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A new avenue for lithium: intervention in traumatic brain injury.
ACS Chem Neurosci. 2014 Jun 18; 5(6):422-33.AC

Abstract

Traumatic brain injury (TBI) is a leading cause of disability and death from trauma to central nervous system (CNS) tissues. For patients who survive the initial injury, TBI can lead to neurodegeneration as well as cognitive and motor deficits, and is even a risk factor for the future development of neurodegenerative disorders such as Alzheimer's disease. Preclinical studies of multiple neuropathological and neurodegenerative disorders have shown that lithium, which is primarily used to treat bipolar disorder, has considerable neuroprotective effects. Indeed, emerging evidence now suggests that lithium can also mitigate neurological deficits incurred from TBI. Lithium exerts neuroprotective effects and stimulates neurogenesis via multiple signaling pathways; it inhibits glycogen synthase kinase-3 (GSK-3), upregulates neurotrophins and growth factors (e.g., brain-derived neurotrophic factor (BDNF)), modulates inflammatory molecules, upregulates neuroprotective factors (e.g., B-cell lymphoma-2 (Bcl-2), heat shock protein 70 (HSP-70)), and concomitantly downregulates pro-apoptotic factors. In various experimental TBI paradigms, lithium has been shown to reduce neuronal death, microglial activation, cyclooxygenase-2 induction, amyloid-β (Aβ), and hyperphosphorylated tau levels, to preserve blood-brain barrier integrity, to mitigate neurological deficits and psychiatric disturbance, and to improve learning and memory outcome. Given that lithium exerts multiple therapeutic effects across an array of CNS disorders, including promising results in preclinical models of TBI, additional clinical research is clearly warranted to determine its therapeutic attributes for combating TBI. Here, we review lithium's exciting potential in ameliorating physiological as well as cognitive deficits induced by TBI.

Authors+Show Affiliations

†Molecular Neurobiology Section, National Institute of Mental Health, National Institutes of Health, 10 Center Drive, MSC 1363, Bethesda, Maryland 20892-1363, United States.†Molecular Neurobiology Section, National Institute of Mental Health, National Institutes of Health, 10 Center Drive, MSC 1363, Bethesda, Maryland 20892-1363, United States.†Molecular Neurobiology Section, National Institute of Mental Health, National Institutes of Health, 10 Center Drive, MSC 1363, Bethesda, Maryland 20892-1363, United States.†Molecular Neurobiology Section, National Institute of Mental Health, National Institutes of Health, 10 Center Drive, MSC 1363, Bethesda, Maryland 20892-1363, United States.No affiliation info available†Molecular Neurobiology Section, National Institute of Mental Health, National Institutes of Health, 10 Center Drive, MSC 1363, Bethesda, Maryland 20892-1363, United States.†Molecular Neurobiology Section, National Institute of Mental Health, National Institutes of Health, 10 Center Drive, MSC 1363, Bethesda, Maryland 20892-1363, United States.†Molecular Neurobiology Section, National Institute of Mental Health, National Institutes of Health, 10 Center Drive, MSC 1363, Bethesda, Maryland 20892-1363, United States.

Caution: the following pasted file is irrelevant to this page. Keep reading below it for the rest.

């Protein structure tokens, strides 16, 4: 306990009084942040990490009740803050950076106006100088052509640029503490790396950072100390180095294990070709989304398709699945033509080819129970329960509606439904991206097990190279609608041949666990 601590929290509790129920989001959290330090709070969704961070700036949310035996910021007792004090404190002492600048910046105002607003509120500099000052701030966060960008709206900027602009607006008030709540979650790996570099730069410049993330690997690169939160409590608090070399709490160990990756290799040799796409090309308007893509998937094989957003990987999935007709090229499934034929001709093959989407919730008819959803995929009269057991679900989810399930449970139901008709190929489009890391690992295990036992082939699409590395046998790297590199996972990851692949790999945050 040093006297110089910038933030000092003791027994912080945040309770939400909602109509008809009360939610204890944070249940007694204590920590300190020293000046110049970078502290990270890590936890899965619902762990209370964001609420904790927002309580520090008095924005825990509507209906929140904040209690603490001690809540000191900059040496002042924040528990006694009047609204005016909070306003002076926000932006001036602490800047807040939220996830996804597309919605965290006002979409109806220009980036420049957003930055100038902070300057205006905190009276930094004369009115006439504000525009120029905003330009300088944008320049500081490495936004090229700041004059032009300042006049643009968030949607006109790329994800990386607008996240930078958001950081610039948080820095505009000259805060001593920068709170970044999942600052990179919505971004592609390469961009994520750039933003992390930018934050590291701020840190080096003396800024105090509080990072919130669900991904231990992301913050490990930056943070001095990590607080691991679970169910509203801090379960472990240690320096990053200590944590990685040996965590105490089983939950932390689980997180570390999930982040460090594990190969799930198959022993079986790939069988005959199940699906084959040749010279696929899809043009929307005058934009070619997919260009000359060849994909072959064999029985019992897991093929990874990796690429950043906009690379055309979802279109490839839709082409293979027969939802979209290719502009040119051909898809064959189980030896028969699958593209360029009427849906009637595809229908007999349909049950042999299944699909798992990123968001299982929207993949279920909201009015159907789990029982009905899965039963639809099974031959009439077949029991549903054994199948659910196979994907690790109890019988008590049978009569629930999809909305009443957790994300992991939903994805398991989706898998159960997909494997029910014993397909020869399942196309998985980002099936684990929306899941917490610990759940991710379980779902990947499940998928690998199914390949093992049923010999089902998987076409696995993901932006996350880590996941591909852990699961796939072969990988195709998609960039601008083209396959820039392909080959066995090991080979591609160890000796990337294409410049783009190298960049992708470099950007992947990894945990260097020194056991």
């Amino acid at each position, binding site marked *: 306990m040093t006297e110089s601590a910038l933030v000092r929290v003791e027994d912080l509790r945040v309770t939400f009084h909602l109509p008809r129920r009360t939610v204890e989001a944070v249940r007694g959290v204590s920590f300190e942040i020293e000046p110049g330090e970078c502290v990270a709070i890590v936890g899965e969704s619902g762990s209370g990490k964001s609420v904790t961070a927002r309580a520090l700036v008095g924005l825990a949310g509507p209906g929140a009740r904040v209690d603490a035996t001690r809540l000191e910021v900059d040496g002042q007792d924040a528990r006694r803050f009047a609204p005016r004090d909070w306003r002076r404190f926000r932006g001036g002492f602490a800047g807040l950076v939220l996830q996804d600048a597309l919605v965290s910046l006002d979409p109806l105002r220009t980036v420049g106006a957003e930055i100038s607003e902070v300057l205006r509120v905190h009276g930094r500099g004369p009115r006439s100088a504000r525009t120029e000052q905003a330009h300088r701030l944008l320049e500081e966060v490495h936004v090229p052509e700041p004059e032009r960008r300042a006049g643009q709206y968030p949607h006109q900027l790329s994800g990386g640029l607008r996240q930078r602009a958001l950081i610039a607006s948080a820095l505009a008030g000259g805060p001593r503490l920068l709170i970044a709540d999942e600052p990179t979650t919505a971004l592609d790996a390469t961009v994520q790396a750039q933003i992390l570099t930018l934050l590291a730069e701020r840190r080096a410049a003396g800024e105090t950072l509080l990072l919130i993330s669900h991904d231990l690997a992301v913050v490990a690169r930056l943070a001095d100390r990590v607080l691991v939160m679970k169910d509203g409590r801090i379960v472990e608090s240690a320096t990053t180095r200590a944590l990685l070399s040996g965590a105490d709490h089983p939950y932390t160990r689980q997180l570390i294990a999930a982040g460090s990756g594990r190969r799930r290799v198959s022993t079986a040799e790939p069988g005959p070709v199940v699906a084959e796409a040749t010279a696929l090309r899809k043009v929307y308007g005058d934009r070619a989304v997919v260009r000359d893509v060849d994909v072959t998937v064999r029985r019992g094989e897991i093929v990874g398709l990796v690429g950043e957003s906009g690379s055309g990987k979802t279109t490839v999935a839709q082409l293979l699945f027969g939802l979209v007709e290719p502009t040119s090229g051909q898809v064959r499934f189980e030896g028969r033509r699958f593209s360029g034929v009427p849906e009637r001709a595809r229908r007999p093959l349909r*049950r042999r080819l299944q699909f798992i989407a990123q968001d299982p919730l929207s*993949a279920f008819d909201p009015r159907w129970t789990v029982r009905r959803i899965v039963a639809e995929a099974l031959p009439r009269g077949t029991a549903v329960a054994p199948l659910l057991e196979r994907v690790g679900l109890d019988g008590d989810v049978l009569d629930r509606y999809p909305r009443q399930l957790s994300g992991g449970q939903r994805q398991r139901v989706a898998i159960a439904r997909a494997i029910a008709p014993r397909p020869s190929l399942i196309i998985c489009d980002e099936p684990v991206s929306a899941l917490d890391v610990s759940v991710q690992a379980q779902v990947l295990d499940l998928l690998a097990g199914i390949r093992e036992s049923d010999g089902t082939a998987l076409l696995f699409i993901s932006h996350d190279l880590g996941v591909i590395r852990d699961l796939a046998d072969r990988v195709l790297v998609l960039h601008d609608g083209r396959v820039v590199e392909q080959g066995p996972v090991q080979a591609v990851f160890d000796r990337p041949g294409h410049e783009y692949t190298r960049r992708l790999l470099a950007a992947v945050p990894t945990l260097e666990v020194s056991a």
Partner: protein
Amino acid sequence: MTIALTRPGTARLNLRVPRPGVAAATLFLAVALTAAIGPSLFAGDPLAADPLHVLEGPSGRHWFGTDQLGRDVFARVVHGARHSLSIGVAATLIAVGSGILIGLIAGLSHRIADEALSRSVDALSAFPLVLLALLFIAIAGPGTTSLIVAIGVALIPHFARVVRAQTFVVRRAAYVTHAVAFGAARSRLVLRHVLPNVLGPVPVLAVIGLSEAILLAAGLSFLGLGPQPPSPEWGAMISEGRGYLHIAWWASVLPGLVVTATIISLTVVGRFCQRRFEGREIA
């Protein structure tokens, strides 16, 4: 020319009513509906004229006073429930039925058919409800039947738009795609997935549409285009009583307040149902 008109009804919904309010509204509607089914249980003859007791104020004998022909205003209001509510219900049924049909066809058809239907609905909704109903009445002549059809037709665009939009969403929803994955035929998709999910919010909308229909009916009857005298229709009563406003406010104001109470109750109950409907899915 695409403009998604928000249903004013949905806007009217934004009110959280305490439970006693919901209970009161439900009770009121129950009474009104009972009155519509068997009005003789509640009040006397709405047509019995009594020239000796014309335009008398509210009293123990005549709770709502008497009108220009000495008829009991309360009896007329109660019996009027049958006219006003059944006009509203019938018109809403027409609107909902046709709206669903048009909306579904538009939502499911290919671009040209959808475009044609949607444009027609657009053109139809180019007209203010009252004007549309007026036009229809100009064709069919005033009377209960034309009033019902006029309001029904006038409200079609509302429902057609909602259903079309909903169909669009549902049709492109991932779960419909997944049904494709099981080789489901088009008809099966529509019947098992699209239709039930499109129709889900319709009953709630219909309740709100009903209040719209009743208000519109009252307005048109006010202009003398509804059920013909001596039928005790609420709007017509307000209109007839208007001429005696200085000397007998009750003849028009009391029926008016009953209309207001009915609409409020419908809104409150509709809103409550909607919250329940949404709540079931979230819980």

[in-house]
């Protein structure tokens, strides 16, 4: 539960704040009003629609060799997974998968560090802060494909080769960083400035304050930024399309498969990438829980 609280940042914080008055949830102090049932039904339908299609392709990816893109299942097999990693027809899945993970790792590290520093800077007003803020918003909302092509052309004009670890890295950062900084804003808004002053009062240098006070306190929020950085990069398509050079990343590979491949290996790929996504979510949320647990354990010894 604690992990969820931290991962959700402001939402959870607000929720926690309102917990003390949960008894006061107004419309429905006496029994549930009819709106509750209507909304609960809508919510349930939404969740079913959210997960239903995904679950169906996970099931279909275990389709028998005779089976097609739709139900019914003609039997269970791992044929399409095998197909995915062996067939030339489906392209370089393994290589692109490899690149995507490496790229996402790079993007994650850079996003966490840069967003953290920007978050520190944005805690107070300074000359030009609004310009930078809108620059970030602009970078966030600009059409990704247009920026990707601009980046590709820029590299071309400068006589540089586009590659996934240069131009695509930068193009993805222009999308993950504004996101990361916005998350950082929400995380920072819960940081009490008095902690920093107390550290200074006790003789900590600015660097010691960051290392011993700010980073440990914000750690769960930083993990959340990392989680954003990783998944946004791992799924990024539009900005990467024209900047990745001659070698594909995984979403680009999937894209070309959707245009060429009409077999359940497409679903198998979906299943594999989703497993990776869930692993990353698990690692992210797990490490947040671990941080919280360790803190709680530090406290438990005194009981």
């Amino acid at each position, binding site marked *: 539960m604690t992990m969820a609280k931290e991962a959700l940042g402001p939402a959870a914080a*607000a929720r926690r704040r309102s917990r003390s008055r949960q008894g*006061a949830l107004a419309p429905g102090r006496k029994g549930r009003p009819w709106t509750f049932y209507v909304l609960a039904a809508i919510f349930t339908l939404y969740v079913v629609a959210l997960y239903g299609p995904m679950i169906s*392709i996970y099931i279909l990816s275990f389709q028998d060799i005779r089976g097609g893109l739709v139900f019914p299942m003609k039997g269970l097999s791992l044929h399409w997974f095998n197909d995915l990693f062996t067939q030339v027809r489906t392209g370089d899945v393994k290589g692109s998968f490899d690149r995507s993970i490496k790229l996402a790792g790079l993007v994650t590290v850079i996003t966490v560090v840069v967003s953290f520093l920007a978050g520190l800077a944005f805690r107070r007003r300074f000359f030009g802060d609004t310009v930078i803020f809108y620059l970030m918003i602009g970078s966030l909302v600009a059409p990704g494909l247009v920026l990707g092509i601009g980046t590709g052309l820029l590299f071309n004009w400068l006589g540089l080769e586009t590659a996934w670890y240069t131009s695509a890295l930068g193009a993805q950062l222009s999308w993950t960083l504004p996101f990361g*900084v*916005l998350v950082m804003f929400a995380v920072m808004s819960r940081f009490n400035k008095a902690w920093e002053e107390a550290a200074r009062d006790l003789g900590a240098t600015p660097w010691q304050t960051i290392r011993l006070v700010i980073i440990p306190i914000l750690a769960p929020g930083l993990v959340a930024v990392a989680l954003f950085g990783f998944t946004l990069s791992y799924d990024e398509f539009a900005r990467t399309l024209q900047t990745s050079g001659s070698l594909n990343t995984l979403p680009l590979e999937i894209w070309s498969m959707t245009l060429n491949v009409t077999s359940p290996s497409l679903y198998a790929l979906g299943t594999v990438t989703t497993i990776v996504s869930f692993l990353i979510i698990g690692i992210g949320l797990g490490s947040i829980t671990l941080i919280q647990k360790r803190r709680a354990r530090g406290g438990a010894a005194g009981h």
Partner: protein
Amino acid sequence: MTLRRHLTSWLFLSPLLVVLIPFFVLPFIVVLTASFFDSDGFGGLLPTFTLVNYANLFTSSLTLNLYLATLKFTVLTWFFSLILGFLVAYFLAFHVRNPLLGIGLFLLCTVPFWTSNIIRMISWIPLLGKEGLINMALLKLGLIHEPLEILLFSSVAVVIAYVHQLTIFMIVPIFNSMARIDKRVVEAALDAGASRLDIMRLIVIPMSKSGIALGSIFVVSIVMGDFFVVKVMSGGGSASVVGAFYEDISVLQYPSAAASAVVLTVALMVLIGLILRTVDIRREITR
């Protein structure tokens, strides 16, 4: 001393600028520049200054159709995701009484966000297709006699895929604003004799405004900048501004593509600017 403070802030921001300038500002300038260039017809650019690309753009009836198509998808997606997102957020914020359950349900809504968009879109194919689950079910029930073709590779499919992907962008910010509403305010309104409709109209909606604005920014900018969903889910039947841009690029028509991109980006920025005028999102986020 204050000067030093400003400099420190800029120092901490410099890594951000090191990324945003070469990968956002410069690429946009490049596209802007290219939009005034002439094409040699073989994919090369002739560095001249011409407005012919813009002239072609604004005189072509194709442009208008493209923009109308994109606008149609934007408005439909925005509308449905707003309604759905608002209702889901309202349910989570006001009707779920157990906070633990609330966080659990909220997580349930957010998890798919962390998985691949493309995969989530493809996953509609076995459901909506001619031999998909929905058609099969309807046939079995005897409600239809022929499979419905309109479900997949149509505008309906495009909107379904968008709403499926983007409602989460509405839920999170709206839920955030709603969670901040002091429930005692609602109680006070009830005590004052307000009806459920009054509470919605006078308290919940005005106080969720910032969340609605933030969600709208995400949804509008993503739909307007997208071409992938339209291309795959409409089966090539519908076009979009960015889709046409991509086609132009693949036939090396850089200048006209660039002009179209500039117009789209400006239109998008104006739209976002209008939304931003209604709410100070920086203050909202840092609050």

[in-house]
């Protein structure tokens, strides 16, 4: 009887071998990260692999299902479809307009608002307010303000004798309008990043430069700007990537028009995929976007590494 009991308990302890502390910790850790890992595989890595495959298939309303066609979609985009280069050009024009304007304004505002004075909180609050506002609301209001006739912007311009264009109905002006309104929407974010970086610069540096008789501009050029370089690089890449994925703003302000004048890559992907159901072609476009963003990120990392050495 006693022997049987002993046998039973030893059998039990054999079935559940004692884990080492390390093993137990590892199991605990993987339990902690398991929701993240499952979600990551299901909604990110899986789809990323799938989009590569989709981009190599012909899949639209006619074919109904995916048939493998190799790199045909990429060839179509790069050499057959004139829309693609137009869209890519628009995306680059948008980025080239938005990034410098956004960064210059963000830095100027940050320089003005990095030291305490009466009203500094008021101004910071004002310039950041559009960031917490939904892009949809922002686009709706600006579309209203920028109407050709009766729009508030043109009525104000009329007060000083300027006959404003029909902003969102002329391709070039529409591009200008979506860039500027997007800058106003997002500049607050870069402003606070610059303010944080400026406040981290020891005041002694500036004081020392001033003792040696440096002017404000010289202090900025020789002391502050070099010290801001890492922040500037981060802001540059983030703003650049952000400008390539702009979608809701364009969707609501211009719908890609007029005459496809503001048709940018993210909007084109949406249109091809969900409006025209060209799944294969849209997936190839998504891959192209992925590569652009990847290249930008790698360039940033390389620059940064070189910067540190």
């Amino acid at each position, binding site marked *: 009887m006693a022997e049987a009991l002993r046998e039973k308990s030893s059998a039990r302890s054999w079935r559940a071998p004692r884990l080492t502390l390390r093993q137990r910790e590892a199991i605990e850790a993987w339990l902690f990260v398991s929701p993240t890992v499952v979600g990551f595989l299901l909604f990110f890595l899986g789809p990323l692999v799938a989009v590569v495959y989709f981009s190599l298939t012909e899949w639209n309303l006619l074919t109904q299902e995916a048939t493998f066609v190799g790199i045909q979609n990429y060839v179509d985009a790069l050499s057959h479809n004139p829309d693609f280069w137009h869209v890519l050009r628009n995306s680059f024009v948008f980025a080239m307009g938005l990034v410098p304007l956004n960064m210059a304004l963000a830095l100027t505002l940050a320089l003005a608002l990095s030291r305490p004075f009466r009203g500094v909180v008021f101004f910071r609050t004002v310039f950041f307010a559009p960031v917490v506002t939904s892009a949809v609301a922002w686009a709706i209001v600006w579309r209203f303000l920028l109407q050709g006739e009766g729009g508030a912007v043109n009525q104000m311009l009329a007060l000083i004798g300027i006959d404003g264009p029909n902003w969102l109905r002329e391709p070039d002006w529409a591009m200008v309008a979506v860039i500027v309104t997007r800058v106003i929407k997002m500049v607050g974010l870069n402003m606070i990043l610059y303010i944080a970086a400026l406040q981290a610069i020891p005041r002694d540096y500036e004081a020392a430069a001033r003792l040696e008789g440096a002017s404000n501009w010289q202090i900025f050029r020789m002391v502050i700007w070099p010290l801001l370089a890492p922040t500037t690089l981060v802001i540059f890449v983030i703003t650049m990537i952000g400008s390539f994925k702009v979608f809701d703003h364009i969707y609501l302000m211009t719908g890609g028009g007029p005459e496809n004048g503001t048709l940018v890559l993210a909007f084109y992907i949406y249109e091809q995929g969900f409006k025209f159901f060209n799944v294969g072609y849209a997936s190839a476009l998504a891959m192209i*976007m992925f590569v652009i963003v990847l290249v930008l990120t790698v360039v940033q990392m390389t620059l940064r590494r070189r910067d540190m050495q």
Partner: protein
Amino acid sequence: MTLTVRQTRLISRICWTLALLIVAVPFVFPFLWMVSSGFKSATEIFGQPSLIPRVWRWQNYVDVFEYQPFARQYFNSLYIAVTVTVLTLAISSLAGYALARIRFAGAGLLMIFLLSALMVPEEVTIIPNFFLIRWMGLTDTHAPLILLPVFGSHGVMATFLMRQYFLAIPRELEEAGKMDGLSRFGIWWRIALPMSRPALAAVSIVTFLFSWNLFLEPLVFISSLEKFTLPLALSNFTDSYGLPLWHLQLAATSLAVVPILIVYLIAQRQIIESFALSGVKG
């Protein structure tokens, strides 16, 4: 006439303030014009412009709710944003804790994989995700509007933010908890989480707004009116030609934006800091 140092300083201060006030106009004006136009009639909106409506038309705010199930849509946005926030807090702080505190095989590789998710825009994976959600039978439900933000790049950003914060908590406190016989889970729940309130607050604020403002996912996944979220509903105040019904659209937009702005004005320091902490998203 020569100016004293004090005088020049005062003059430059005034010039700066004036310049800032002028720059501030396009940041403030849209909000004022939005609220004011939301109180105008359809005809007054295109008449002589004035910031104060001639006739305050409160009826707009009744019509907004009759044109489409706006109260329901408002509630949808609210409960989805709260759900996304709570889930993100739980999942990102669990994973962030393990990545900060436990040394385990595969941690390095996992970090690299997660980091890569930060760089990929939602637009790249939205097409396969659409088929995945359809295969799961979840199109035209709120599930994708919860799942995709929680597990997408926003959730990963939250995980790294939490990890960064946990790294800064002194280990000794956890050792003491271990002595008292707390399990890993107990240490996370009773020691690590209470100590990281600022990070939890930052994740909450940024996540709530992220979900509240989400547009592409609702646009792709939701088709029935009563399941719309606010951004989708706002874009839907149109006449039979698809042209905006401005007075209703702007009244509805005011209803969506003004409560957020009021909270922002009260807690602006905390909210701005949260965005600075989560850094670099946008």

Pub Type(s)

Journal Article
Research Support, N.I.H., Intramural
Research Support, U.S. Gov't, Non-P.H.S.
Review

Language

eng

PubMed ID

24697257

Citation